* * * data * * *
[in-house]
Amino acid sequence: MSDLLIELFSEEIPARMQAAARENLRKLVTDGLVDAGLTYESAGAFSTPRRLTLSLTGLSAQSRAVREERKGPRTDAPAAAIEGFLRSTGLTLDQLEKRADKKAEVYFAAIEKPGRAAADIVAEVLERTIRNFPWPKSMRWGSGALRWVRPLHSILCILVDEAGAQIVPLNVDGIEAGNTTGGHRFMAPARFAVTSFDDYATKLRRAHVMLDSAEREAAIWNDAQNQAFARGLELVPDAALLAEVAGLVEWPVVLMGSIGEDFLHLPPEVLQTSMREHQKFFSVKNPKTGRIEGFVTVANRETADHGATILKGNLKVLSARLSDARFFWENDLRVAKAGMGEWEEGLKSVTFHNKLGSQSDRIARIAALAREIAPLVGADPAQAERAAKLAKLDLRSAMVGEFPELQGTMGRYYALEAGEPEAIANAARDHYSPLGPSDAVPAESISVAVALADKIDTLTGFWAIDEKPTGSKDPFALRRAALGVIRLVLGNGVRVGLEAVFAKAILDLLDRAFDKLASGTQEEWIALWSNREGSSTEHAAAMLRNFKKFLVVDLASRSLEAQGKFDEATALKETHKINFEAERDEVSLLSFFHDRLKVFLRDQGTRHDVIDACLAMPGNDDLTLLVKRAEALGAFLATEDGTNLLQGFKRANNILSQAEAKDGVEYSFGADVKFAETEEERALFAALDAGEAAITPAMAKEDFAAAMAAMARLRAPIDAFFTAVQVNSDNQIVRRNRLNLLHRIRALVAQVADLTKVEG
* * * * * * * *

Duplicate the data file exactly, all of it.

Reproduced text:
[in-house]
Amino acid sequence: MSDLLIELFSEEIPARMQAAARENLRKLVTDGLVDAGLTYESAGAFSTPRRLTLSLTGLSAQSRAVREERKGPRTDAPAAAIEGFLRSTGLTLDQLEKRADKKAEVYFAAIEKPGRAAADIVAEVLERTIRNFPWPKSMRWGSGALRWVRPLHSILCILVDEAGAQIVPLNVDGIEAGNTTGGHRFMAPARFAVTSFDDYATKLRRAHVMLDSAEREAAIWNDAQNQAFARGLELVPDAALLAEVAGLVEWPVVLMGSIGEDFLHLPPEVLQTSMREHQKFFSVKNPKTGRIEGFVTVANRETADHGATILKGNLKVLSARLSDARFFWENDLRVAKAGMGEWEEGLKSVTFHNKLGSQSDRIARIAALAREIAPLVGADPAQAERAAKLAKLDLRSAMVGEFPELQGTMGRYYALEAGEPEAIANAARDHYSPLGPSDAVPAESISVAVALADKIDTLTGFWAIDEKPTGSKDPFALRRAALGVIRLVLGNGVRVGLEAVFAKAILDLLDRAFDKLASGTQEEWIALWSNREGSSTEHAAAMLRNFKKFLVVDLASRSLEAQGKFDEATALKETHKINFEAERDEVSLLSFFHDRLKVFLRDQGTRHDVIDACLAMPGNDDLTLLVKRAEALGAFLATEDGTNLLQGFKRANNILSQAEAKDGVEYSFGADVKFAETEEERALFAALDAGEAAITPAMAKEDFAAAMAAMARLRAPIDAFFTAVQVNSDNQIVRRNRLNLLHRIRALVAQVADLTKVEG